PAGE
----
Gone are the days of considering bullying, harassment, and violence only the problems of your human resource department. They are now your next safety issue in the workplace!
As explained at the 2018 Safety Leadership Conference, what ends as a violent act starts out slowly as incivility, or the intent to harm a worker. Negative interactions or jabs at someone could be brushed off as a cultural norm at the workplace.
Unfortunately, this can escalate to hazing or harassment, leading to a physical act.
What is Workplace Bullying?
Bullying is usually seen as acts or verbal comments that could mentally hurt or isolate a person in the workplace. Sometimes, bullying can involve negative physical contact as well.
Bullying usually involves repeated incidents or a pattern of behavior that is intended to intimidate, offend, degrade or humiliate a particular person or group of people.
It has also been described as the assertion of power through aggression.
Examples of workplace bullying may include:
- Spreading malicious rumors, gossip, or innuendo.
- Intimidating a person.
- Undermining or deliberately impeding a person’s work.
- Threatening abuse.
- Removing areas of responsibilities without cause.
- Withholding necessary information or purposefully giving the wrong information.
- Making jokes that are offensive by spoken word or e-mail.
- Intruding on a person’s privacy by pestering, spying or stalking.
- Assigning unreasonable duties or workload which are unfavorable to one person (in a way that creates unnecessary pressure).
- Criticizing a person.
- Belittling a person’s opinions.
- Tampering with a person’s personal belongings or work equipment.
How Bullying Affects the Workplace
Bullying affects the overall health of an organization. An unhealthy workplace can have many effects, including:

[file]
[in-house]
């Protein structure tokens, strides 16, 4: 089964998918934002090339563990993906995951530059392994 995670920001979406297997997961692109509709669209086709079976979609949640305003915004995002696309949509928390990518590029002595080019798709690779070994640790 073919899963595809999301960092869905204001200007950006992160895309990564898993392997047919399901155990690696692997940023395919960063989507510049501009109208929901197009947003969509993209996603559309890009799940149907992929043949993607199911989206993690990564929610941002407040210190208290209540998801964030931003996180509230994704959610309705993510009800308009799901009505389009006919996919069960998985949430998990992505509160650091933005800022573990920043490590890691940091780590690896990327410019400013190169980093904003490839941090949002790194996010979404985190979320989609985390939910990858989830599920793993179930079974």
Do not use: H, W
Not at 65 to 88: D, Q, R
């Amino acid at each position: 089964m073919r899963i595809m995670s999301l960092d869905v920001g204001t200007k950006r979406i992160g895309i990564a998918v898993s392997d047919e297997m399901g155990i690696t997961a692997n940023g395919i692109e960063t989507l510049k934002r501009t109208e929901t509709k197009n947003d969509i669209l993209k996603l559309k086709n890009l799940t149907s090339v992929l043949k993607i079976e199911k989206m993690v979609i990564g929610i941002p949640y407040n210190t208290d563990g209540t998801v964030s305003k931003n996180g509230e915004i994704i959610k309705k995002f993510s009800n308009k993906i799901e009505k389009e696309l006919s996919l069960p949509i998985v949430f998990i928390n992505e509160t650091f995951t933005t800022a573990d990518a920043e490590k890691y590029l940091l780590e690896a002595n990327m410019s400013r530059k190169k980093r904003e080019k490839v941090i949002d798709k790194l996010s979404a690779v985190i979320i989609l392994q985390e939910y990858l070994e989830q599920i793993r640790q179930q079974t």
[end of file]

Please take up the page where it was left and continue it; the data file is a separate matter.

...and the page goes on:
- Decreased productivity and motivation.
- Decreased morale.
- Increased risk for accidents/incidents.
- Increased absenteeism.
- Increased stress.
- Increased turnover.
- Increased costs for employee assistance programs (EAPs), recruitment, etc.
- Reduced corporate image and customer confidence.
- Poor customer service.
A Systematic Approach to Taking Action
As workplace violence falls under OSHA’s general duty clause, stating the companies have to create a safe and healthy environment for workers, safety professionals are encouraged to take the following steps:
Recognize bullying, harassment, and violence as a safety hazard in the group or organization.
Establish a plan to address the hazard that includes processes for reporting.
Provide training to members of the organization at the awareness, supervisor and management level.
Incorporate in your safety management system (SMS).
Let’s make 2019 a year of safer workplace environments by working together to generate awareness.
Taking action today can prevent violent accidents of tomorrow!
Holly is an ER nurse by trade, but loves content marketing. She was born outside the box and believes everything is better with “sprinkles and sparkles”. She is passionate about impacting lives and uses marketing as her platform for sharing practical solutions to address real life occupational health challenges.